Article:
On September 26, 1777, the British army marched into Philadelphia, beginning an occupation that lasted until the following spring. Its arrival led patriots to flee and Loyalists to rejoice, although wartime shortages soon led to suffering for those who remained in the city. The occupation, however, led to no concrete gains, and the British abandoned the city the following June.
The occupation of Philadelphia deviated from a British plan to conquer New England in 1777, after two years of inconclusive war. To conquer New England, the British intended to send two armies into New York state. The first, headed by General John Burgoyne (1722-92), proceeded south from Canada. At the same time, forces led by General William Howe (1729-1814) would have headed north from New York City along the Hudson River. These two armies would have divided New England from the other colonies, allowing the British to invade and conquer.
Howe, to the surprise of his superiors, did not follow through on this plan. Whether from personal dislike of Burgoyne, fear of allowing General George Washington (1732-99) time to rebuild his army, or doubts about his own ability to prosecute the Hudson River campaign, he rejected the plan. Instead, with a force of about fifteen thousand English and German soldiers, he sailed south along the coast and then headed up the Chesapeake Bay toward Philadelphia. In August 1777, he landed at Head of Elk, some fifty miles from the city.
Howe set his sights on Philadelphia for a number of reasons. Philadelphia, of course, was the American capital and the meeting place of the Continental Congress. Howe also apparently hoped to draw Washington into a battle that might destroy the Continental Army once and for all. Furthermore, prominent Loyalists, including Joseph Galloway (1731-1803), had claimed that more than 75 percent of Americans in Philadelphia and the surrounding region were loyal to the crown and would welcome and aid the British.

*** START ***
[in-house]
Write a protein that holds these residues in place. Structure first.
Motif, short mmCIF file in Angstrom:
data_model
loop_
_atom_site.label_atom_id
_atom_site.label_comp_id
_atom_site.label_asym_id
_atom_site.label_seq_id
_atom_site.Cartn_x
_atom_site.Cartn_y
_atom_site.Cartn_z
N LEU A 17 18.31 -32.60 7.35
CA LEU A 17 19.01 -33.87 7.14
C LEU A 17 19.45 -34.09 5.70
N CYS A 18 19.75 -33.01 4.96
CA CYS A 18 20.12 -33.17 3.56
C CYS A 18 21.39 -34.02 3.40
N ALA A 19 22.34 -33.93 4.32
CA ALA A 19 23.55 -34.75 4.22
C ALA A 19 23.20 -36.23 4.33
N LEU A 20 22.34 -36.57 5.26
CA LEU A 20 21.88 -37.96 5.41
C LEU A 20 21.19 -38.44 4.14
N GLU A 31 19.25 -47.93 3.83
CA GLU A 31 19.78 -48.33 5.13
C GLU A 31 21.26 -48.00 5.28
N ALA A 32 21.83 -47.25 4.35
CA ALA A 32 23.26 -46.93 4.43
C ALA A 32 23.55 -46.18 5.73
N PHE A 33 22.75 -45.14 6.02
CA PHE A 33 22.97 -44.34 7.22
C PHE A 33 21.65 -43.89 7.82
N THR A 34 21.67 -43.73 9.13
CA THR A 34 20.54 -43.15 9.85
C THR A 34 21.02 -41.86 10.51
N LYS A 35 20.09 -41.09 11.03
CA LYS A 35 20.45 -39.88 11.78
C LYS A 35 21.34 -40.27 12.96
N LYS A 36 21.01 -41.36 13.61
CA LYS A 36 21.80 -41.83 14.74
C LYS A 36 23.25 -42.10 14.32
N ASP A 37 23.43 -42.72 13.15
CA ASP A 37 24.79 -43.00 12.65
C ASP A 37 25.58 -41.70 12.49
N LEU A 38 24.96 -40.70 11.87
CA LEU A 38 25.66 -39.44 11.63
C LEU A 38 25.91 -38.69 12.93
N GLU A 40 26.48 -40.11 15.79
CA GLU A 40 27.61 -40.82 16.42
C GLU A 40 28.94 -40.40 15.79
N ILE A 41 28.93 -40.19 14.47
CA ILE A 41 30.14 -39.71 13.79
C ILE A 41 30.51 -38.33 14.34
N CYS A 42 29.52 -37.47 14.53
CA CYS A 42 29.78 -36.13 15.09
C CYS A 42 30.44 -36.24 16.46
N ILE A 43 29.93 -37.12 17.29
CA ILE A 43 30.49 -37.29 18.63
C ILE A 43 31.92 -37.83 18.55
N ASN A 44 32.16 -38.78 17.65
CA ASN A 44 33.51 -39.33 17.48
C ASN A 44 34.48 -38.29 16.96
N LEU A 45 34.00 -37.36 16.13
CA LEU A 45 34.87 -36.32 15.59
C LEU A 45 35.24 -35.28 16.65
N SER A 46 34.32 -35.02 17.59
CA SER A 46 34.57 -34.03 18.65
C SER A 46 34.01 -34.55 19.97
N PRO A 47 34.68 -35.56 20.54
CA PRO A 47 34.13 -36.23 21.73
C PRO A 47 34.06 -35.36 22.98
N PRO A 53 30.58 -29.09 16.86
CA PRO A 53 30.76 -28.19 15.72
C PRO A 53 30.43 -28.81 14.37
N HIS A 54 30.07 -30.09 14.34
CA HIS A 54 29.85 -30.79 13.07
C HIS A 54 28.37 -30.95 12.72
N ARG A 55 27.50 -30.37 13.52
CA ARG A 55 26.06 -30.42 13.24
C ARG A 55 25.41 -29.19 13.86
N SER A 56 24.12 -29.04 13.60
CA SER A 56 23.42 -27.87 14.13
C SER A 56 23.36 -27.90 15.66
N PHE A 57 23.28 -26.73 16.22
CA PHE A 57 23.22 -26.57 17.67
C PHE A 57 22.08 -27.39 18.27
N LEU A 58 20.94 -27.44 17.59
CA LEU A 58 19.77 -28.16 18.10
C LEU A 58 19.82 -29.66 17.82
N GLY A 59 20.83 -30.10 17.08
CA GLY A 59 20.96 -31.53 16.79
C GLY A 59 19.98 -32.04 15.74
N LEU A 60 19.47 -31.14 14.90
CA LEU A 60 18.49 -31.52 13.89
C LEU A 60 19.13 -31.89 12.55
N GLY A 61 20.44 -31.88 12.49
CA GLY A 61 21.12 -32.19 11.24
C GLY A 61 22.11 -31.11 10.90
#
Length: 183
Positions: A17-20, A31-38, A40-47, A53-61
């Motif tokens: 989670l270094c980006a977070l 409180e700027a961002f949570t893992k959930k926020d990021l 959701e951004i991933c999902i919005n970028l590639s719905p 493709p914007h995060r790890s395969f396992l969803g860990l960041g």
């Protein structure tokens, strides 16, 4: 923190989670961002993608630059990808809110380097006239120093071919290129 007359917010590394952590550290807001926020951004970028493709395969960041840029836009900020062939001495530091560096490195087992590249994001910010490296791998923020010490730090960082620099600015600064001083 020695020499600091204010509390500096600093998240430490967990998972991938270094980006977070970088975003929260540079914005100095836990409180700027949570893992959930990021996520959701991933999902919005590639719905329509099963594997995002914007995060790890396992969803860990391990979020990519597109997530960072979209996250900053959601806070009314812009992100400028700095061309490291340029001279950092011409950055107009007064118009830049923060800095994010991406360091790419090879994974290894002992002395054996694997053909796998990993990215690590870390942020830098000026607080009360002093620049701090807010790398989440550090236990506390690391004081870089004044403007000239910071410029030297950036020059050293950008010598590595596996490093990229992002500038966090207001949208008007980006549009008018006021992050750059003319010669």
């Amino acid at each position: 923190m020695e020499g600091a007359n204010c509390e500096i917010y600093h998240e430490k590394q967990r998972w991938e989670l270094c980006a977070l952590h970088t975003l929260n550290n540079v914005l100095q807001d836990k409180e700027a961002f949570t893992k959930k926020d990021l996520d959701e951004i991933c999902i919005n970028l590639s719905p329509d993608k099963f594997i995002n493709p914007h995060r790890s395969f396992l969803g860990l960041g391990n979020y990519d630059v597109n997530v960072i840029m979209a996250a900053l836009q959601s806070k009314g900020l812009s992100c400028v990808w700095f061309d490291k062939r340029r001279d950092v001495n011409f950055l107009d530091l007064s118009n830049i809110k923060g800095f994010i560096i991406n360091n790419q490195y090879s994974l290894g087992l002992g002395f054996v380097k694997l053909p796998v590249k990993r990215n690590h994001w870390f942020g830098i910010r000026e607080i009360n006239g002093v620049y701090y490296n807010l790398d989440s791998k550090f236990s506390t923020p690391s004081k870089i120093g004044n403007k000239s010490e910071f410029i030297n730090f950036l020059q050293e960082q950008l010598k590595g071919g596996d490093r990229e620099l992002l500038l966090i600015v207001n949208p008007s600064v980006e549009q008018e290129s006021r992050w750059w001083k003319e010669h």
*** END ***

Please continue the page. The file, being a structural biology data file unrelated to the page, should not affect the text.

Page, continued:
Battle of Brandywine Creek
Washington, watching Howe’s movements carefully, attempted unsuccessfully to stop the British advance at the Battle of Brandywine Creek (September 1777). It was a costly loss–Washington suffered some nine hundred casualties (of eleven thousand soldiers), while Howe lost only 550. As the British army approached Philadelphia, thousands of patriot citizens fled, including the delegates to the Continental Congress. Sarah Logan Fisher (1751-96), the wife of a prominent Philadelphia merchant, described “wagons rattling, horses galloping, women running, children crying, delegates flying, & altogether the greatest consternation, fright & terror that can be imagined.” One estimate suggests that more than 10 percent of Philadelphia’s homes were abandoned by their owners before the British arrived, and reports of looting and theft grew. When Howe entered Philadelphia on September 26, 1777, Loyalists lined the streets to welcome the return of British authority. On October 5, Washington tried to dislodge the British at the Battle of Germantown, but this effort also failed.
Once in control of Philadelphia, Howe faced serious problems. Even though thousands of Americans had fled, the civilian population still numbered some fifteen thousand. Howe’s forces added another fifteen thousand. But Howe’s supply lines were inadequate. Having marched overland to Philadelphia, he needed to control the Delaware River to ensure an adequate supply of provisions. The Delaware, however, was guarded by two American forts, Fort Mifflin on Mud Island and Fort Mercer on the New Jersey side of the river. The Americans successfully defended both forts for almost seven weeks. Suffering followed in Philadelphia, as food and other provisions were in short supply. British officers quartered with local citizens, churches became hospitals for sick and wounded soldiers, and Philadelphians described British and German soldiers stealing horses, cattle, wood, food, and clothing. The suffering of American prisoners in the Walnut Street Jail was especially severe, as prisoners endured hunger, cold, and abuse from their jailers. In October 1777, the Quaker diarist Elizabeth Drinker (1735-1807) described the suffering of the city, writing “if things dont change ‘eer long, we shall be in poor plight, everything scarce and dear, and nothing suffer’d to be brought in to us.” The forts fell in November, relieving the blockade, but prices in the city remained high and citizens continued to complain of theft and other crimes committed by soldiers. Howe tried, without much success, to deter such behavior. He offered monetary rewards for information about crimes, and frequent courts-martial sentenced men to up to a thousand lashes for plundering and other crimes.